A true sleeper hit in every sense of the word, The Space Between Worlds’ style may not be the most innovative, but damn is it tasty. Introducing themselves with three tauntingly brief EP’s since 2015, including the hella fun two-part Black Hole Space Wizard arc, Nashville trio Howling Giant fuses the fuzz of stoner doom with the ambition of prog rock. The Space Between Worlds is a true first full-length, and one that takes its time to unravel, unlike the immediacy of its predecessors. Balancing ambition with accessibility, it’s an extremely rewarding album in its spacey, fuzzy approach, that deserves far more recognition than it has been given.
Howling Giant‘s cosmic theme, although not particularly unique, works quite well in its throwback style.1 While it’s certainly not a far cry from stoner rock’s similarly psychedelic themes, it grounds the sound, walking the razor’s edge between haze and hook. While cosmic stalwarts like early tech-death The Faceless or thrashy Vektor sport an often sleek, mechanical, and decidedly futuristic take on their respective themes, Howling Giant walks the path of the mighty Kyuss and offers suffocatingly colossal stoner riffs that represent universal hugeness instead. Tracks like hard-hitter “Nomad,” the awesomely named “Cybermancer and The Doomsday Express,” and mammoth closer “Stone Giant” offer bone-crushing riffs atop appropriately striking and spastic percussion a la Mastodon alongside huge choruses and harmonies, while the subdued “Ice Castles” and enigma “The Orb” offer piercing icy melodies that cut through supernovae of fuzz.
The Black Hole Space Wizard EPs were extremely fun, but their brevity kept the sound from expanding as deep into the vacuums as it was capable of. What separates The Space Between Worlds, therefore, is its meditative qualities, thanks to its much more appropriate length. Tracks like opener jack-of-all-trades “Comet Rider,” the Blue2sy Baroness-esque “Ghosts in the Well,” and epic centerpiece “Everlight” feel refreshingly organic, dynamics expanding with the movement of the bass. This carefree atmosphere allows heavy metal solos, vocal hooks, and morphing riffs to emerge like debris and asteroids from the void, and shows Howling Giant‘s focus on the authentic, going beyond simply songwriting to hinting at aural universe-building.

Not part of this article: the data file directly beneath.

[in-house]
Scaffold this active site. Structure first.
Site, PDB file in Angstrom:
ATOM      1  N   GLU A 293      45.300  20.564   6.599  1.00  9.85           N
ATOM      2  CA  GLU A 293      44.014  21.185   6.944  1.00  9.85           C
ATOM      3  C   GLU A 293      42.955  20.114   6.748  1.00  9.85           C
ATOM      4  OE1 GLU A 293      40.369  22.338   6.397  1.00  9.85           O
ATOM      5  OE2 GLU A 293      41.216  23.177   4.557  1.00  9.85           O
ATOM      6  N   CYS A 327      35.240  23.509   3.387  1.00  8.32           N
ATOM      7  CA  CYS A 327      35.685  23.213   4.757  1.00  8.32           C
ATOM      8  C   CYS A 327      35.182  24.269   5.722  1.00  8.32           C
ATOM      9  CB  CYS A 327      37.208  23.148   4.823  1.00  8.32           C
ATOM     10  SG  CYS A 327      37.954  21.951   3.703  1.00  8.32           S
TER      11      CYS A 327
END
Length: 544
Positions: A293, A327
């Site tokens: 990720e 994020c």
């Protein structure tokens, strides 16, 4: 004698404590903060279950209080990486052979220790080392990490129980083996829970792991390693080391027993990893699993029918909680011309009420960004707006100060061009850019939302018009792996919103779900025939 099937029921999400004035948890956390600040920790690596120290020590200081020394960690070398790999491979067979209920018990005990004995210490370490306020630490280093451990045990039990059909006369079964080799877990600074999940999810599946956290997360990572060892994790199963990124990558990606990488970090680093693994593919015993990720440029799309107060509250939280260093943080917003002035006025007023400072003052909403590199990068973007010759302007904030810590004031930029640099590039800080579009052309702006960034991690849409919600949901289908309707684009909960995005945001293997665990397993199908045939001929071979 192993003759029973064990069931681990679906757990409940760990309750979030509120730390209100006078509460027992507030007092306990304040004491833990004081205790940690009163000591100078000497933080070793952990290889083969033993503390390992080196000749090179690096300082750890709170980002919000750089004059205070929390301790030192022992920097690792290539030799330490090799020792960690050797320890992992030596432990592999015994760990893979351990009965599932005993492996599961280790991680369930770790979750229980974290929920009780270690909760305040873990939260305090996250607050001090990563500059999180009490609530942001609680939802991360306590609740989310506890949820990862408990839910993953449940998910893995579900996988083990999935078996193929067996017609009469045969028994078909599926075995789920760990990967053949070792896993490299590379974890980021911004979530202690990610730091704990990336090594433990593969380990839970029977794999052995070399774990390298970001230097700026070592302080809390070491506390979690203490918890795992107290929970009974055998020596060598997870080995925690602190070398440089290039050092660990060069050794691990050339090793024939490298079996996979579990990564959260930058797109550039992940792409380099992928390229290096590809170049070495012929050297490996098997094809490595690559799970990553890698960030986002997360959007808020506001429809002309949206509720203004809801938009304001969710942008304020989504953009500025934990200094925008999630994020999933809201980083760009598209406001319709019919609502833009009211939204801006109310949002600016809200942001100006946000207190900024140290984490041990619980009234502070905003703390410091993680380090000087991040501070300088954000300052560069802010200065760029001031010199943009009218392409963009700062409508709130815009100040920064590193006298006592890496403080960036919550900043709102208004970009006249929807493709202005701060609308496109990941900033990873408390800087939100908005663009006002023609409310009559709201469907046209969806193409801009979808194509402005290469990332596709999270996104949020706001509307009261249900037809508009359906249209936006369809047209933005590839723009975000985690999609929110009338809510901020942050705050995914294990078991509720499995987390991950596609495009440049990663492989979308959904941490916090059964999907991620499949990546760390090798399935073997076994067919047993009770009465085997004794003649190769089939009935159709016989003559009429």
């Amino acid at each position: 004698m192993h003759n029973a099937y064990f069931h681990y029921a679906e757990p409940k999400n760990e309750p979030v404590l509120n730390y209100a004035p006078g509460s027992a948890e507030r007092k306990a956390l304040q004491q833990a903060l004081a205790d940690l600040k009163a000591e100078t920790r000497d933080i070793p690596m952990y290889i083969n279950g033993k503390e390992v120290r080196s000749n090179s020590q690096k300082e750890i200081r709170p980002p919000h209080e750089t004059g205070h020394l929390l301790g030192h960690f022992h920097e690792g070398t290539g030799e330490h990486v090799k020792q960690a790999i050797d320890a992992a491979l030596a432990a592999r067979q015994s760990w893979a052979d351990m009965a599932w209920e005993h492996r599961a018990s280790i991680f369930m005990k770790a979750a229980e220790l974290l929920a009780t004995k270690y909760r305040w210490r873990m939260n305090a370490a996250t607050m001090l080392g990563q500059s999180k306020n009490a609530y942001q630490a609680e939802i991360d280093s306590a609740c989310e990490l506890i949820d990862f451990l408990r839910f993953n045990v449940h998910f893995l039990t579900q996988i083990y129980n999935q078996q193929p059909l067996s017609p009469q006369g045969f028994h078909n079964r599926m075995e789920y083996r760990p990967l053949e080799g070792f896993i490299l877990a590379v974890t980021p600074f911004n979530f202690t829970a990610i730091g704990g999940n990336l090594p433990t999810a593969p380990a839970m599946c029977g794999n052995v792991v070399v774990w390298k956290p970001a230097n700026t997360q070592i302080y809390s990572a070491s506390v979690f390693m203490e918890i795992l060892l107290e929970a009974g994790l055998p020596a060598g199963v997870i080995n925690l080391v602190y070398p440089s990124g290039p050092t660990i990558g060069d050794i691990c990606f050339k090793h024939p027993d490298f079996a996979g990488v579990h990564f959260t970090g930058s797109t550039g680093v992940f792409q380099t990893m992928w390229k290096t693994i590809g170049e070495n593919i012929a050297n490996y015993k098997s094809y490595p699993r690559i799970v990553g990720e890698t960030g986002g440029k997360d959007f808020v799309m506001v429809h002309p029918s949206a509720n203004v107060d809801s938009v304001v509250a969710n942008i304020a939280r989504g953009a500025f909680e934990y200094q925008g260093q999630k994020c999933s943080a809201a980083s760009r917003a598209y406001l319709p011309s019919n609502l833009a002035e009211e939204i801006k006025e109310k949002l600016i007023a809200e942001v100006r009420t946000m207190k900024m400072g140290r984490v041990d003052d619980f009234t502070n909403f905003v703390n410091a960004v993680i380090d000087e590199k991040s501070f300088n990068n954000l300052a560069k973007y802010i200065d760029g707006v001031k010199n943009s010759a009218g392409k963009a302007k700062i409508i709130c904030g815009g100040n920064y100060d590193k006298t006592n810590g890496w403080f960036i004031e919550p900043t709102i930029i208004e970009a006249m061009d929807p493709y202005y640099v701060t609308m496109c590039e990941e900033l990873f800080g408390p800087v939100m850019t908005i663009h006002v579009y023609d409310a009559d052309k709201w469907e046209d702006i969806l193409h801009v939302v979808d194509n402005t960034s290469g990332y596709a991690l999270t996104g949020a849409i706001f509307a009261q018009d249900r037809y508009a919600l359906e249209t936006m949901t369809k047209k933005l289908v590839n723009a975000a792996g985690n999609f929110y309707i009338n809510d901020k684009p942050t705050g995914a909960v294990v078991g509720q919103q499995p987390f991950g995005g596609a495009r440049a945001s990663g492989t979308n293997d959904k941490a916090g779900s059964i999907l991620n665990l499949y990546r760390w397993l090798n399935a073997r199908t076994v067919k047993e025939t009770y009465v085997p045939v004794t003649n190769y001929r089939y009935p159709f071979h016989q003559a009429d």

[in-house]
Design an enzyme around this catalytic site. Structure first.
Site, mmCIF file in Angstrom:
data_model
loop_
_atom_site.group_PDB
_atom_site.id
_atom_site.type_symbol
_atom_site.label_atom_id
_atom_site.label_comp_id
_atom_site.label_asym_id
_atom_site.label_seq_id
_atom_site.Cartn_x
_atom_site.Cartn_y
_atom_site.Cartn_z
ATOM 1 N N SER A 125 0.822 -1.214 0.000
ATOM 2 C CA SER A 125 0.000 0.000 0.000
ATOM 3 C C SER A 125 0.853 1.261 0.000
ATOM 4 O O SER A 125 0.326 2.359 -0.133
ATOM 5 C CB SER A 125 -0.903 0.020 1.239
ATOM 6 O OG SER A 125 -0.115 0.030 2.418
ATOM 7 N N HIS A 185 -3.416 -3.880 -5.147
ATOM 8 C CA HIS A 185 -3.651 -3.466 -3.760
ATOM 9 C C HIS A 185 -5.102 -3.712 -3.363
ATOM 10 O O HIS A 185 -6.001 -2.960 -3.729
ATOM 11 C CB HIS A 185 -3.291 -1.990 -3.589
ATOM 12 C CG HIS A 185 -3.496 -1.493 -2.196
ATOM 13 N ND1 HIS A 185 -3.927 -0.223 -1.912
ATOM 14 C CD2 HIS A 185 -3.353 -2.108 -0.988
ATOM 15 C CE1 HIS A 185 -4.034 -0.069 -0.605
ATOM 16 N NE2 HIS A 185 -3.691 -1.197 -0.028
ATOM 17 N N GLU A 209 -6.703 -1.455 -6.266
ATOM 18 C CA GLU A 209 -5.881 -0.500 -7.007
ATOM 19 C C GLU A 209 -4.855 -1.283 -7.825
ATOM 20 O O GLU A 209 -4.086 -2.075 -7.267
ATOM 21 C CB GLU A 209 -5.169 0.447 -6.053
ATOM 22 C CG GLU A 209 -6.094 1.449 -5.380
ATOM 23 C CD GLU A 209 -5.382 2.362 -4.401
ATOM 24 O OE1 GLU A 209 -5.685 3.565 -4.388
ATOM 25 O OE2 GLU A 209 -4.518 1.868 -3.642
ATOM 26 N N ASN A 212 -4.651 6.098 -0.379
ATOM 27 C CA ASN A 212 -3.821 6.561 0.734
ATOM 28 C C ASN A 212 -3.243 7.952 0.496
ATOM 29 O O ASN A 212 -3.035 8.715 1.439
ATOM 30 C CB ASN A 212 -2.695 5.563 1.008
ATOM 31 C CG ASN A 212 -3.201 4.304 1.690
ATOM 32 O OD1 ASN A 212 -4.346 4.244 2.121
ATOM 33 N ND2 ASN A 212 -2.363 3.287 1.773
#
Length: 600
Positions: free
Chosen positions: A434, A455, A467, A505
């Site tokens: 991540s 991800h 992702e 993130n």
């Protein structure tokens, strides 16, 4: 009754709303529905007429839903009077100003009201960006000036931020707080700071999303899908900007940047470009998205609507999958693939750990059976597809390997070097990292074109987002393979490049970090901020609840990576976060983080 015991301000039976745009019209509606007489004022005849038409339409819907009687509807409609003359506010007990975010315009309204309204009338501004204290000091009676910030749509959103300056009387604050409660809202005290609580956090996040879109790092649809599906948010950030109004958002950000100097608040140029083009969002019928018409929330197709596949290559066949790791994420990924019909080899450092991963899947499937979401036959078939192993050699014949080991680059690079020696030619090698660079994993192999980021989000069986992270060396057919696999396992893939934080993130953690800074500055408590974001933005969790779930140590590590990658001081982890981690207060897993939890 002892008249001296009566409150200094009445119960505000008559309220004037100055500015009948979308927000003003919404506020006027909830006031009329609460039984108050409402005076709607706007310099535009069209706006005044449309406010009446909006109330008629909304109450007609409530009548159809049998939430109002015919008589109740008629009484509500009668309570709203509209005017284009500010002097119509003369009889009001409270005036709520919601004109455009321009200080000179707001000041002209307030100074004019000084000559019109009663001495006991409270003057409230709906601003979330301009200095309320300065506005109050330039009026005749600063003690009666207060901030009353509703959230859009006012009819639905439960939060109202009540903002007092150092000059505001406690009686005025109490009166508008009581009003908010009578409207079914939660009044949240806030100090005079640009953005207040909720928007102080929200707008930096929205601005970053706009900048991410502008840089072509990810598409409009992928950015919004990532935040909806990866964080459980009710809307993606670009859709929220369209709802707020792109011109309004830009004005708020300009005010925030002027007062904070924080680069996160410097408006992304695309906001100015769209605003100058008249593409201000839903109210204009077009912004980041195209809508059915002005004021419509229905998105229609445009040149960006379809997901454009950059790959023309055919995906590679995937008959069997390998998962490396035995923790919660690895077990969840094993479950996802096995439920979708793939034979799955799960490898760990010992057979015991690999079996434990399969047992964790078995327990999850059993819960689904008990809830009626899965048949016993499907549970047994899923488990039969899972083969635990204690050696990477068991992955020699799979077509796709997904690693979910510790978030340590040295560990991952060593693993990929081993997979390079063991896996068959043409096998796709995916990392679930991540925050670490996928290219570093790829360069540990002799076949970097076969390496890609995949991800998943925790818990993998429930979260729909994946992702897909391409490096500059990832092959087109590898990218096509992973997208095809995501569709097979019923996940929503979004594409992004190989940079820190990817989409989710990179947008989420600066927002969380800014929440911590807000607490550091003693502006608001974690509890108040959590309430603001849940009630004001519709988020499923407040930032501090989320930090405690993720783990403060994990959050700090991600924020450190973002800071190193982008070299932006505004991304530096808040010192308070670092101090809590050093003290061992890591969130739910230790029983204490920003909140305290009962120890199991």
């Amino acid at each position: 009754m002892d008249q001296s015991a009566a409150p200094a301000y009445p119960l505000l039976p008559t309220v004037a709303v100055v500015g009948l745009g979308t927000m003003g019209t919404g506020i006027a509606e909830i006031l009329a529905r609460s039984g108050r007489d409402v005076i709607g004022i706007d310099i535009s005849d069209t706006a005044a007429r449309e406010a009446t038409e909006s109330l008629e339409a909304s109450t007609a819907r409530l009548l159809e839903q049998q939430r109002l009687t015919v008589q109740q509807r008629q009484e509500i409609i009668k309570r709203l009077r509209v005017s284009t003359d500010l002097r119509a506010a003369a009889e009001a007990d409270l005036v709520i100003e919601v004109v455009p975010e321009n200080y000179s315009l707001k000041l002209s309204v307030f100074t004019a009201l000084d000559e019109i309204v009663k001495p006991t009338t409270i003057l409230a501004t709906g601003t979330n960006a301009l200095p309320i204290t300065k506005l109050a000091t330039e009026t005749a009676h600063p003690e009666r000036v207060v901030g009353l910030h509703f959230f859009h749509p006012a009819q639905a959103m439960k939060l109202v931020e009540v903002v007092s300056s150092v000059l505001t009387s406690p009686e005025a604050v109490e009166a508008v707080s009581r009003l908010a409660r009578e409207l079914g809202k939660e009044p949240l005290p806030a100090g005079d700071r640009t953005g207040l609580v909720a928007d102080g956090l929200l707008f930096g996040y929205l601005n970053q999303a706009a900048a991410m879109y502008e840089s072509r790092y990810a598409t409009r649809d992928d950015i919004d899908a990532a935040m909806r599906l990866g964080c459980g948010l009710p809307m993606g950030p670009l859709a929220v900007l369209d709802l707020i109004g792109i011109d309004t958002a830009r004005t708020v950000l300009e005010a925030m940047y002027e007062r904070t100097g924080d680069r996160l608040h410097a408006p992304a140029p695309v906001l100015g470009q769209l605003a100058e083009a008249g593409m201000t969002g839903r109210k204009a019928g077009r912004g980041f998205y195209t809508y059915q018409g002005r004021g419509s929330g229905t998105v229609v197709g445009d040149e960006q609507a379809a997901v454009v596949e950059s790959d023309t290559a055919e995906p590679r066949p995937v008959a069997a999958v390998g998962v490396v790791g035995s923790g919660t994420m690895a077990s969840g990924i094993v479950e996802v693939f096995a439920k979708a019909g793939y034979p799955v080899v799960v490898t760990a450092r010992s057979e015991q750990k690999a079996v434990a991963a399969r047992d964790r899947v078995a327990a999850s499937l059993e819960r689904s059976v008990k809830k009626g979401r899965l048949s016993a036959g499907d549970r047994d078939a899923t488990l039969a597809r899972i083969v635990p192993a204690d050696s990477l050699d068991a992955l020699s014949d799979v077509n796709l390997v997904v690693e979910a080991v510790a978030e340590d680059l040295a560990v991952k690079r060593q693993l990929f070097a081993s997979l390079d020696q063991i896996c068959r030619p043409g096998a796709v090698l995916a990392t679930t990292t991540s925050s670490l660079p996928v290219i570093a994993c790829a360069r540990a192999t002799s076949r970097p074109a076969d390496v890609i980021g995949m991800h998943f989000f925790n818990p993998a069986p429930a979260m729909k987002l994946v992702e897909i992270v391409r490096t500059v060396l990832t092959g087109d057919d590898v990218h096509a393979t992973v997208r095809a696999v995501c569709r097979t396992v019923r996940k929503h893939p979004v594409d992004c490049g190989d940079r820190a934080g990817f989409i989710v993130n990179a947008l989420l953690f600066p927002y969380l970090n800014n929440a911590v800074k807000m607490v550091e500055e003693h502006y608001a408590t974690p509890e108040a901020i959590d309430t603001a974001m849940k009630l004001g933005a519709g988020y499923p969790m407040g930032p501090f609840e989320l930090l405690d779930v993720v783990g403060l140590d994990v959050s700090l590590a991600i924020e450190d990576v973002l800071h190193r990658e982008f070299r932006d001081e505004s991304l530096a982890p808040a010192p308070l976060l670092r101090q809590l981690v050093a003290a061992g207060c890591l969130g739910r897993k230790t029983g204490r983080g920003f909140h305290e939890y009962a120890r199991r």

No, Howling Giant‘s first full-length is not perfect. In spite of its strengths, it still has a ways to go before it can separate itself from the haze of its peers, the vocal mixing could use some work, and there are tracks that are simply not as memorable as others. But these Music City rockers have released a truly impressive first album, and even more impressively done as an unsigned group. While some would likely argue it’s too long at almost fifty minutes, it flew by for me and left me craving more by the time “Stone Giant” faded out. Snatch The Space Between Worlds up before it floats by this year.
Tracks to Check Out: “Nomad,” “Everlight,” “Stone Giant”